Thursday, February 9, 2023

“NO FIAT, NO CASE” Says Magistrate in case involving 30 civil servants


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By Yankuba Jallow

Magistrate Kebba Baldeh, in the case involving 30 civil servants, ruled that the prosecution cannot rely on section 169 of the Criminal Procedure Code (CPC) to continue with proceedings without obtaining a fiat from the Attorney General. He further urged the prosecution to obtain the fiat from the Attorney General, adding that proceedings cannot continue without the presence of the other accused persons.

He made this ruling at the Banjul Magistrates’ Court yesterday 18th October 2016.

When the case was called, Lawyer O.M.M. Njie announced his appearance for the 4th and 5th accused persons, Lawyer E. Sanneh appeared for the 1st, 3rd, 6th, 7th, 8th, 9th, 11th, 14th, 15th, 17th, 19th, 20th, 23rd, 24th, 27th and the 30th accused persons, Lawyer Y. Senghor announced her appearance for the 25th accused.

Inspector S. Sanyang and Sergeant 656 Jaiteh announced their representation of the Inspector General of Police (IGP).

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However, the 2nd, 10th, 12th, 16th, 23rd, 25th, 29th and 30th were not present in the court.

Prosecutor Sanyang said that they are relying on section 169 of the C.P.C to amend or change the charges of the accused persons. He urged the court to revoke the bail of the accused persons as some of them have got police bail.

Counsel Njie argued that Inspector Sanyang has not explained how his application falls under section 169 of the C.P.C. He further argued that the inclusion of the additional accused persons is not applicable in this said section. He cited section 169 (1)(b) of the C.P.C for clarification of his defense. He reminded the court that on the 13th July 2016, on count one (1), they were charged on section 113 of the criminal code (C.C) and on count two (2) they were charged with abuse of office contrary to section 90 of the C.C.

The defence counsel said they have not been told how the previous charges are defective for them to be under section 169 (1) of the C.C. “From the submission made, the only change is the additional defendants, that is the list of the defendants is being changed. Looking at section 169, it is not a ground provided under section 169 of the C.P.C. and for that reason there is no legal reason,” submitted Counsel Njie.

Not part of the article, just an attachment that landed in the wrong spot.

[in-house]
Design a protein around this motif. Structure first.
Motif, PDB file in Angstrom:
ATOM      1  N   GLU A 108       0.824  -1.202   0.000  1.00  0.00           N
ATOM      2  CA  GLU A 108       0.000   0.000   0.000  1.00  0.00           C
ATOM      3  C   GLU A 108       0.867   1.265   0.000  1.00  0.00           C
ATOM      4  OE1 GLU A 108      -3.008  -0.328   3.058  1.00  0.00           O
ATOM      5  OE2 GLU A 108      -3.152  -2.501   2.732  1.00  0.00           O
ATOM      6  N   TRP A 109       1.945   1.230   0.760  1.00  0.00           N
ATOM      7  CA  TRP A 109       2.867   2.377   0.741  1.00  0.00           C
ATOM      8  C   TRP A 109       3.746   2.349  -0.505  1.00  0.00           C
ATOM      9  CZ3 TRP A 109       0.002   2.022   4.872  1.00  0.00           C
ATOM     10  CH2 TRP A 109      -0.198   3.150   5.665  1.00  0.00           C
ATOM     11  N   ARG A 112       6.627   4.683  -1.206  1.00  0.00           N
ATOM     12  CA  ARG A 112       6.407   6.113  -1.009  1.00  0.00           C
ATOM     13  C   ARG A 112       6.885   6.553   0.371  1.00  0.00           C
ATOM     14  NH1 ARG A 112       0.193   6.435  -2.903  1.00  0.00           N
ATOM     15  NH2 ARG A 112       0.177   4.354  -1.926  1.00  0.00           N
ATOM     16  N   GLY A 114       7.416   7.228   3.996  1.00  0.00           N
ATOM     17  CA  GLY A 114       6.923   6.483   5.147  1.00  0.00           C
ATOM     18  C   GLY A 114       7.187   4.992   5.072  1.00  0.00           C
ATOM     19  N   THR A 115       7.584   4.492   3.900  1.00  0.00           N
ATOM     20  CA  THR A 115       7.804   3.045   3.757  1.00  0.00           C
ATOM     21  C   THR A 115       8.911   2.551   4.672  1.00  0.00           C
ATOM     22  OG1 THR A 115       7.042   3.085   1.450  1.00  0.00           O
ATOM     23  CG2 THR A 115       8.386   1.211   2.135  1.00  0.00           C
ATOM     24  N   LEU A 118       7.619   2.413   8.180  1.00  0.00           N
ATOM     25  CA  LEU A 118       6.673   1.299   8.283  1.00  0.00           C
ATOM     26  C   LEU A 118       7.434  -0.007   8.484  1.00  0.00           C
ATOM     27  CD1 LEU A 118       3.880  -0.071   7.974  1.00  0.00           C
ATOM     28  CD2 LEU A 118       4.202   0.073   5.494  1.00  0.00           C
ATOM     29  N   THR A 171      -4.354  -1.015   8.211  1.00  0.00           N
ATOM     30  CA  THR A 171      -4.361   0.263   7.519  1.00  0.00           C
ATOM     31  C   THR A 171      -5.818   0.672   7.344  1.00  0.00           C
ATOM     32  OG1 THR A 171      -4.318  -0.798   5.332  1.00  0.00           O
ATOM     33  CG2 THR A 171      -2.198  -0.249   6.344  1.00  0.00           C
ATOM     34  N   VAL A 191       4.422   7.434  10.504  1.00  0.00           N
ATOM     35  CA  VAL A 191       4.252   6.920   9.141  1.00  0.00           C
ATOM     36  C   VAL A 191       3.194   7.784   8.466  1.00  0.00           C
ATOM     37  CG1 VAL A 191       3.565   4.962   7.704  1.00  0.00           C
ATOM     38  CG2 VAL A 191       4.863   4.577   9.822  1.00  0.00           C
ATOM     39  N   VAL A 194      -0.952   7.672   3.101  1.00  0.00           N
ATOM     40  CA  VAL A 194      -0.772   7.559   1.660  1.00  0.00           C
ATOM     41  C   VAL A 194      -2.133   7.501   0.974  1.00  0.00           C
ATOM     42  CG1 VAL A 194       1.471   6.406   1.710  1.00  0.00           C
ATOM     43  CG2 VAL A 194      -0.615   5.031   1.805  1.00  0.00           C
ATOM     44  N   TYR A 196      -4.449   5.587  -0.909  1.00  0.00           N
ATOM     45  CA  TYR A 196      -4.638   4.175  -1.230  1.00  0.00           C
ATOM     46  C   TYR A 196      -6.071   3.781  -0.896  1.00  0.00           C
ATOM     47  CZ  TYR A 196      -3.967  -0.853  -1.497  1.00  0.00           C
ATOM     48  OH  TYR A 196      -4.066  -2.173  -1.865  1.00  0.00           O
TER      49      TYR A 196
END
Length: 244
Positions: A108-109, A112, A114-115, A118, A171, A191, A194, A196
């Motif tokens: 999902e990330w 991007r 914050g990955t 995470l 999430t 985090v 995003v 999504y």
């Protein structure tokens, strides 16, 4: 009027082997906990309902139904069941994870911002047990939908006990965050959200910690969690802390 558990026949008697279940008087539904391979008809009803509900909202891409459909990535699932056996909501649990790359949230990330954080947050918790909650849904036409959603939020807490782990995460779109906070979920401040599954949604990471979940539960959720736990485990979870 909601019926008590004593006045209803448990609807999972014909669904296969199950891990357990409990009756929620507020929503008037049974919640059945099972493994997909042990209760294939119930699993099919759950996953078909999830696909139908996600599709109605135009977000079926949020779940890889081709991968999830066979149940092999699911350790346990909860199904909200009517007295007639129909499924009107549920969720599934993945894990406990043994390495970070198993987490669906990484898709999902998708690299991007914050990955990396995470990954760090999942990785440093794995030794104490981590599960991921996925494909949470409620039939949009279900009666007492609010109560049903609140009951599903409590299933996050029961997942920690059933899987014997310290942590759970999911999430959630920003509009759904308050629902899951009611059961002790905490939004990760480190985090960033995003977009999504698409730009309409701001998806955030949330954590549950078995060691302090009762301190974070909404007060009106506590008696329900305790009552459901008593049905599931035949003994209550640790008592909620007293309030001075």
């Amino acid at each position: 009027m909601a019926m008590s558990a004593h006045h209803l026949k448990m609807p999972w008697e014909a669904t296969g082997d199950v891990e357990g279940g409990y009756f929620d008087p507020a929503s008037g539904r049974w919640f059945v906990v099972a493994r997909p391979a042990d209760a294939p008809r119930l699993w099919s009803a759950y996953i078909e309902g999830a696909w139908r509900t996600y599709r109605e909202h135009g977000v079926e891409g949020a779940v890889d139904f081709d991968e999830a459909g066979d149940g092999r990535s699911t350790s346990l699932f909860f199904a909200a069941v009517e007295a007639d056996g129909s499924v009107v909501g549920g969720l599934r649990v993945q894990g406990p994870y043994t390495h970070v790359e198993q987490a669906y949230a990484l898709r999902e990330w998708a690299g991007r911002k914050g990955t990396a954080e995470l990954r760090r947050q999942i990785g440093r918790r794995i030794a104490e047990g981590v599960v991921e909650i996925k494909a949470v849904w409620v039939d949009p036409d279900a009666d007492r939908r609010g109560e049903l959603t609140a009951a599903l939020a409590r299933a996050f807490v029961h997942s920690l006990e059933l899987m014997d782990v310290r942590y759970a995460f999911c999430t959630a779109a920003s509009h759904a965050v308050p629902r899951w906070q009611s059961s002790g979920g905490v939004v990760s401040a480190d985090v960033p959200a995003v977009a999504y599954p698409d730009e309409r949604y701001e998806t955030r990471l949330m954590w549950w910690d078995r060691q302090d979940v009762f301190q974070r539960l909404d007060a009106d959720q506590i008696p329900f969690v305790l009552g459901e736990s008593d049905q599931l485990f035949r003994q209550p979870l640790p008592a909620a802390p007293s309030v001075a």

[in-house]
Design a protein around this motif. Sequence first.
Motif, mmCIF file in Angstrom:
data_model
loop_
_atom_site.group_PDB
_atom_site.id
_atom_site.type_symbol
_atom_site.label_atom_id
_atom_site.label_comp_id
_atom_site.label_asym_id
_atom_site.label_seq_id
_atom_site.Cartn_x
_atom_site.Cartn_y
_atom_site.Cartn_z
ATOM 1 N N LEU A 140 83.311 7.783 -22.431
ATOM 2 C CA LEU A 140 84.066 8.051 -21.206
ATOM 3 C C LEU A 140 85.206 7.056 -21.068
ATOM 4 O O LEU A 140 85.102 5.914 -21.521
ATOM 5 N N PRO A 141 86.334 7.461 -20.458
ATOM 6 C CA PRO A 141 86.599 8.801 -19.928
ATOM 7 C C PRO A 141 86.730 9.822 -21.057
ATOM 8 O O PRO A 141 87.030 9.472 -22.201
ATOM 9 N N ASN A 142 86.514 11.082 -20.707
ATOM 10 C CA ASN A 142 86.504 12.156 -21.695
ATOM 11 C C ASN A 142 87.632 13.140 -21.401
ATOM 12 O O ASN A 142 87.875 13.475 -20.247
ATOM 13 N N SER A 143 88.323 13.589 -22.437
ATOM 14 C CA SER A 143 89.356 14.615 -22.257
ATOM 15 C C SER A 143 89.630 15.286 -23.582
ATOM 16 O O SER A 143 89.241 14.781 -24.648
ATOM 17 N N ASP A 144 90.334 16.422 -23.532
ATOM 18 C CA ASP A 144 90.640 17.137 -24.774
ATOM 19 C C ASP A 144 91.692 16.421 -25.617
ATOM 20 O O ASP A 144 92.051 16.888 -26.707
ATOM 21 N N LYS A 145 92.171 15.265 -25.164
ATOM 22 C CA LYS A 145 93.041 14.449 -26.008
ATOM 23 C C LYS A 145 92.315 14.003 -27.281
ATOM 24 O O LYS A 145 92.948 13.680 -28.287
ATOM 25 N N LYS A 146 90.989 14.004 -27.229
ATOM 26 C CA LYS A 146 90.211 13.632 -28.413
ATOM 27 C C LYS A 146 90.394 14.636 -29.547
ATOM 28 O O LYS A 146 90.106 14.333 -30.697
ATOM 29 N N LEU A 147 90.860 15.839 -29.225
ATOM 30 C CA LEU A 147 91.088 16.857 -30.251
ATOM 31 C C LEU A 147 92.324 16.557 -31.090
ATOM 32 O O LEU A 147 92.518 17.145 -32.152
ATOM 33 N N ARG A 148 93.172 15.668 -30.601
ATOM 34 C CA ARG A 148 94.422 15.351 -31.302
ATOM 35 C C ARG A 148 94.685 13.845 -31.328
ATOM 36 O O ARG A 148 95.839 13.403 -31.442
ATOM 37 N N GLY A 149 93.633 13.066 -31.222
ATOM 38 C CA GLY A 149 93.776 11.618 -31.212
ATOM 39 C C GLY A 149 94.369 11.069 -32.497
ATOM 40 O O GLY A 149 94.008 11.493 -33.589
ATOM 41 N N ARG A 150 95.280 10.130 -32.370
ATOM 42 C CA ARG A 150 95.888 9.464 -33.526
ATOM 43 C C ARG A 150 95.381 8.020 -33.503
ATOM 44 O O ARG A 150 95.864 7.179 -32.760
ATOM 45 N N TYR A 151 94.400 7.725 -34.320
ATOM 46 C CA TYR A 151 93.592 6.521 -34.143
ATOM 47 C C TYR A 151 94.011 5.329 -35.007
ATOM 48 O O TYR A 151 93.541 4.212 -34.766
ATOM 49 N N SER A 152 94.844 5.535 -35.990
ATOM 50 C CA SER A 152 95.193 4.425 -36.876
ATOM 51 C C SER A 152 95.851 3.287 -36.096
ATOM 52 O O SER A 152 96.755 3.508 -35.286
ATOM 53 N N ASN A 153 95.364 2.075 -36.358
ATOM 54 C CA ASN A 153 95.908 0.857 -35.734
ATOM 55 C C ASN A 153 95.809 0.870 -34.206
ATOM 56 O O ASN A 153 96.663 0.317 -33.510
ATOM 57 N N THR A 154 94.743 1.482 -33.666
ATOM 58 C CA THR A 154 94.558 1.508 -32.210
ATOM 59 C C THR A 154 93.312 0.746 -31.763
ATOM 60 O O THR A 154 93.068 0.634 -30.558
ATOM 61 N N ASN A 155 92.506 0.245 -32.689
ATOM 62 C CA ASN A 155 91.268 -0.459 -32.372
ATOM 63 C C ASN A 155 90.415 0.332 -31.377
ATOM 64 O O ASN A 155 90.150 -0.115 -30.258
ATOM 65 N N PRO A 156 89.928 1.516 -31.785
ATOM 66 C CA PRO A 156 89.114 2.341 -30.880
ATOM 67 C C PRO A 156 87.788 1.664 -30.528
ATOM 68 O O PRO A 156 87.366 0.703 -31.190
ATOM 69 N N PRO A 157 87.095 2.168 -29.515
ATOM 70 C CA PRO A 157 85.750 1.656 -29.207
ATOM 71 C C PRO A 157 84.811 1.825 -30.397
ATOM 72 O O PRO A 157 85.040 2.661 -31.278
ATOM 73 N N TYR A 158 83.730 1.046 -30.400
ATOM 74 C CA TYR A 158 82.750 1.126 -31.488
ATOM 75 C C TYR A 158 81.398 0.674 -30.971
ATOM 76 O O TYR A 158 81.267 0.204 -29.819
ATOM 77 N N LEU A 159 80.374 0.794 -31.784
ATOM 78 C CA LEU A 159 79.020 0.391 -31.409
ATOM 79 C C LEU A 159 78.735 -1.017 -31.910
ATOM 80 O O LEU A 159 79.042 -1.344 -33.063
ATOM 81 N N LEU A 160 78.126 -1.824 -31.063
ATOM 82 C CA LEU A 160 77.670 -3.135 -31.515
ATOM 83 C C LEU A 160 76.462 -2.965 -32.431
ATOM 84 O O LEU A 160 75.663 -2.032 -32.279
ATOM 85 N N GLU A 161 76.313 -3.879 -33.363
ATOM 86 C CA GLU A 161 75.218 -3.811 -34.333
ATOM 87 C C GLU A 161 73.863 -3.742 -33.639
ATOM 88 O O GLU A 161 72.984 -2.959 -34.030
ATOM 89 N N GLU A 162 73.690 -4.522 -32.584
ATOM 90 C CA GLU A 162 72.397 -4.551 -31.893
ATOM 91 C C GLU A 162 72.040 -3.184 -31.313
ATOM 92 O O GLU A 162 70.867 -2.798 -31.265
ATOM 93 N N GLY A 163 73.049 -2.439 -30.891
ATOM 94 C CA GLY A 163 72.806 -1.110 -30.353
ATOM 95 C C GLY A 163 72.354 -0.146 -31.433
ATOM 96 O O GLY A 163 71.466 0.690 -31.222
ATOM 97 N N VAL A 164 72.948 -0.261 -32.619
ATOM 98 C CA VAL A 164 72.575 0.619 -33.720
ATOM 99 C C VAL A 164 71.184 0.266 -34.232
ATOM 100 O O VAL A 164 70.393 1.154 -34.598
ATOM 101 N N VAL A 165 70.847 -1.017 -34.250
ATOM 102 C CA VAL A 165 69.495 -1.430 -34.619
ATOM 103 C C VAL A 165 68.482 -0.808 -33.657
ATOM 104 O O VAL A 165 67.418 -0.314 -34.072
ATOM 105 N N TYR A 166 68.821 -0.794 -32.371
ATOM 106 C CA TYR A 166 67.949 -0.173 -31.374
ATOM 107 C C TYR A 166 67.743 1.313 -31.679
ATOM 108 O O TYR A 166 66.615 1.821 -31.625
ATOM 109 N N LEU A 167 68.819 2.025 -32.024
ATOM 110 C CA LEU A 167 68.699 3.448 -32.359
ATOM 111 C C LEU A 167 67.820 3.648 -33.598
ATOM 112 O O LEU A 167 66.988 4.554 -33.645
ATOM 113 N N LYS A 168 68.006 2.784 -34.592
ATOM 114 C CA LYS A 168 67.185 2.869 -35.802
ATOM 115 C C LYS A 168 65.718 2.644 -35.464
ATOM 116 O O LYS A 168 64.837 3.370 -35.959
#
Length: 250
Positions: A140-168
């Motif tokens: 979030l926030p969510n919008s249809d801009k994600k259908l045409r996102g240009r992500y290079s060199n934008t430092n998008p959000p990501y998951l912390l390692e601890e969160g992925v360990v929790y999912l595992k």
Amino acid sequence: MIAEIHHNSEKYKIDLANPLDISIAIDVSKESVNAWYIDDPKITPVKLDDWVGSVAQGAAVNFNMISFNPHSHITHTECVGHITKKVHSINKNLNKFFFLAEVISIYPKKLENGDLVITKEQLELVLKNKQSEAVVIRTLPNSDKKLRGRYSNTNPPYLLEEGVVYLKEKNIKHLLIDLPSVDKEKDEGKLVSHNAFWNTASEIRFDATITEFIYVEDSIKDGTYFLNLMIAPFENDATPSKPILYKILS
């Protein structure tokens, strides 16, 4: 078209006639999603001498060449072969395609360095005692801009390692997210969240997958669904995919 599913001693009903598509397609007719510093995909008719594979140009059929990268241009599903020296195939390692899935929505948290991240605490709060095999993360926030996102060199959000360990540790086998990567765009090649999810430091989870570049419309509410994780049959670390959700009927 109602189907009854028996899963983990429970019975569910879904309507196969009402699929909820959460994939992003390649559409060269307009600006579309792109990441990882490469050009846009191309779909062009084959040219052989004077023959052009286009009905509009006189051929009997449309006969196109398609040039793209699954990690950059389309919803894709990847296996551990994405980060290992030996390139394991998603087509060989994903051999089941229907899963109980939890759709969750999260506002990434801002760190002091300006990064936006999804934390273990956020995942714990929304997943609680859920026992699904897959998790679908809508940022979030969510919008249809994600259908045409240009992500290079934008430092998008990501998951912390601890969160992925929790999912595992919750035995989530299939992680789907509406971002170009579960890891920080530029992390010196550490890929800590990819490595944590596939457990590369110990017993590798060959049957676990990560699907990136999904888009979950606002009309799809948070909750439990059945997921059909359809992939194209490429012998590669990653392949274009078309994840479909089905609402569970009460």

As for Counsel Sanneh, he said section 169 of C.P.C allows for the charges seen to be amended. He added that the same section has clearly pointed out that for change to be made, there must be a material difference between the charges that were filed on the 30th August 2016 and that filed 18th October 2016 (yesterday).

Counsel Sanneh said for the clarity of the court, the charges that are filed on the 30th August 2016 are for all the accused persons. “Count (1) was filed contrary to section 113 of the C.C, whilst count (2) was on section 90 of the C.C,” he said.

He further argued that both the charges of 30th August 2016 and 18 October 2016 are the same in all aspects. “The inspector’s application for the amendment is severely misconceive,” he submitted.

He reminded the court that on the last adjourned date, the prosecutors were asked to regularize the charges by securing the charge sheet from the Attorney General to handle the matter to enable the prosecutors to continue with the case.

The defence counsel argued that there is no competent charge before the court since there is no fiat. He urged the court to consider or have regards on its previous order i.e. for the prosecutor to proceed with the matter as it is a matter of urgency.

He told the court that he wants it to be on record that the prosecution’s failure to proceed with this matter has severely flouted accused persons’ constitutional rights under section 24 of the constitution. He said section 90 (3) does not accord the state the discretion to file a charge on a person without a fiat. He referred the court to the case of the Attorney General v UDP (Court of Appeal case).

Counsel Senghor associated herself with the stated position of the counsels for the accused persons.

Replying to the arguments of the defence counsels, Inspector Sanyang  said the application will not cause any injustice to the accused persons. He said the amendment came about when the counsels for the accused persons argued that the previous charges were defective. He said they based their arguments on the word ‘amended’ in the previous charges. He said they did that for the interest of justice.

Counsel Njie said they were helpful to the prosecutors but it is not reciprocated. He reminded the trial magistrate that this matter was first heard by Principal Magistrate Omar Cham in this same court and who is now on leave. He said Lawyer L.S. Camara pointed out to the said magistrate on the 7th September 2016 that the charges filed were for all the accused persons and absence of anyone of them will hinder the proceedings.

“Charge 2 is charge of abuse of office that requires a fiat from the Attorney General without which proceedings cannot continue,” said defence counsel Njie.

Lawyer Camara told the court that the charges on the 30th August are full of irregularities, adding that it is not only the title or heading which is wrong. He reminded the court that Inspector Sanyang made a promise before the principal magistrate that he will request for the fiat for the proceedings to continue but failed to do so.

He asked the court to consider two clear points which are that I. There is no change in the charge sheet and 2. He said there is no fiat, adding that proceedings cannot continue when charges before the court are without fiat.

The matter was adjourned to the 1st November 2016 at 1 pm for continuation of the hearing of the case.


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